Riding distance ranged from 250-600 kilometres daily, and that’s 90% to 100% easy dirt and gravel roads. I usually sat on the bike going 70-90 km/h, and slowed down and stood up only when bigger bumps and potholes appeared. The really tricky bits are when the rain has formed a temporary river and the gravel road is washed away. Not only is it very sandy, making the bike snake wildly, but there is also a 30 -60cm drop where the road just disappears. It is also easy to become engulfed in the landscape and miss a turn-off point, despite the GPS. Luckily, the faster riders would stop and wait until we came along, pointing out dangers or helping us through sand or deeper rivers. We would also fill up at every available gas station. These are usually 200 km apart, but when one is out of service you suddenly face 300 to 400 km on one tank of gas. The Ténéré’s could handle that, but the smaller tanks of the XT660R’s had to be filled from canisters carried by the support vehicle.
Our route started in Windhoek and went south east to the Kalahari Desert, near the border with Botswana. It then went down to Keetmanshoop, where we saw a beautiful quiver tree forest, on to the famous Fish River Canyon and finally the Orange River. It rained quite a bit along the way, necessitating frequent stops to put on rain-wear, only to take it off again an hour later when the rains had stopped and it became uncomfortably hot. At the Orange River, an optional canoe tour was organized. But after doing this and getting back on the road, we found out that a major road had washed away. This meant doing about 600 km in just over half a day to our next stop in Aus. Its things like these that you have to be prepared for in Africa, there’s simply no alternative, and you really want to arrive at the hotel before dark. Unlit donkey carts, dirt roads with huge potholes and wildlife make riding at night far too dangerous.
The next stop was Namib-Naukluft National Park with its high, red sand dunes. You can ride between them but the famous Sossusvlei area itself is forbidden for motorcycles. So the organization had hired 4×4’s that brought us right into the dune area, where we could climb one.
It Rained Heavily and The Road to the Lodge Was Near Impassable
On the way to Swakopmund, the organization found a really beautiful hidden lodge consisting of only a few stone structures with thatched roofs. The only problem was, it rained heavily and the road to the lodge was near impassable. A few made it through by pushing the bikes through suddenly appearing rivers. But I opted for leaving the bike at the entrance road and hitching a ride with the guides and their Land Cruiser.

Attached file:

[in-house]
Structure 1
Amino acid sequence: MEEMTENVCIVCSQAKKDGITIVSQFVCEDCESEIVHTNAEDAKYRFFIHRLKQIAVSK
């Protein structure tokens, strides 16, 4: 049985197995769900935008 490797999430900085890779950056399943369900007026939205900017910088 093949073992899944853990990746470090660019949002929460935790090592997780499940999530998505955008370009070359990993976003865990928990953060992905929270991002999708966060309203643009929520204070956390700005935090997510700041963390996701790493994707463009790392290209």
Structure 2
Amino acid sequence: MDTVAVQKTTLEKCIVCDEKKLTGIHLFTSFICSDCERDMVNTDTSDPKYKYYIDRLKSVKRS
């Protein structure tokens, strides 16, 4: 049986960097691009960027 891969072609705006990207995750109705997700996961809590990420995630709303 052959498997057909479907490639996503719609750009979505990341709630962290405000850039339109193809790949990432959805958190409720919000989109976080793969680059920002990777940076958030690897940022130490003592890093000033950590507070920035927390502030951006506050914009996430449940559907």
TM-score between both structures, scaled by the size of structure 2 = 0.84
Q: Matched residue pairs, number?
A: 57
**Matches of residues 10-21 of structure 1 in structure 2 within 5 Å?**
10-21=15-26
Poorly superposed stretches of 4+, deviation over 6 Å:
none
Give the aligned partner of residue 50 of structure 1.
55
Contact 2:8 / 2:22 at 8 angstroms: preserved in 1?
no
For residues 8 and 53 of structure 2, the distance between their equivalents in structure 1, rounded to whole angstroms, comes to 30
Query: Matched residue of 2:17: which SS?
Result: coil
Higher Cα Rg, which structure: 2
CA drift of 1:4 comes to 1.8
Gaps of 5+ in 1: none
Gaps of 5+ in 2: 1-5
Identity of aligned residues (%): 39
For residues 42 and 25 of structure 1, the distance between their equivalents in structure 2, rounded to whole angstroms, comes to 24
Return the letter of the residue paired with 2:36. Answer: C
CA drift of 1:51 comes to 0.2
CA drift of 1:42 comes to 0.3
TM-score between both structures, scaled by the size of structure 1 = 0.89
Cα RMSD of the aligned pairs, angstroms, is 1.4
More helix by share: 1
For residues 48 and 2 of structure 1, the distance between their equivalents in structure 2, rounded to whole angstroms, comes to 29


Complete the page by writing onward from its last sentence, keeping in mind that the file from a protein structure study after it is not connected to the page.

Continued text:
Swakopmund was our next stop, a pretty town on the South Atlantic coast and finally a real hotel. It is really funny to see German bakeries and beer gardens and hear people speak German in the middle of Africa. Namibia was a German colony, but the official language is now English. Since everyone in our group was German or Swiss, we spoke German too. Anyway, a quad bike tour was organized so you could ride the neighbouring dunes. The guys had a lot of fun doing that. And no, it is not environmentally unfriendly, as the guide follows certain routes and all you kick up is pure sand.
Back on our motorcycles we rode a salt road (really!) along the Skeleton Coast to a large seal colony. There were literally tens of thousands of seals there, lots of pups and several jackals looking for a meal.
We then went inland over great gravel roads and totally deserted landscapes. Along the way we saw a few Welwitschia, amazing plants that only live here and are probably 600-1000 years old. I was beginning to enjoy the trip more and more, getting more experienced all the time-a certainty when riding +/- 400 km a day on all types of dirt roads!
Arriving in the north of the country, we did a safari (by car) in Etosha National Park and in a private reserve. Asphalt suddenly appeared as we made our way back to Windhoek.
Finale. We were in Namibia in the rainy season. Everyone assured us that this meant nothing, as Namibia is extremely dry and only has two permanent rivers. In fact, rain cools the air and makes the extremely barren landscape light up with some grassland and flowers.
That’s all very nice, but on our trip the rain happened to be the worst they’d seen in 10 years. The normally easy route of about 4000 km in two weeks became much harder, some roads were just gone, and we had to push the bikes through numerous temporary rivers. When you see me paddling my feet and think it looks girly, remember one thing… when you race through a river or sand bed and fall off, the nearest hospital is easily 500 km away!
Namibia is not without danger or some discomfort, so it is not a place for girls who are largely concerned with their nails or hair. But if you have the right spirit, you too can ride dirt roads and see amazing wildlife and landscapes, experience adventure and camaraderie, and have the motorcycle holiday of a lifetime.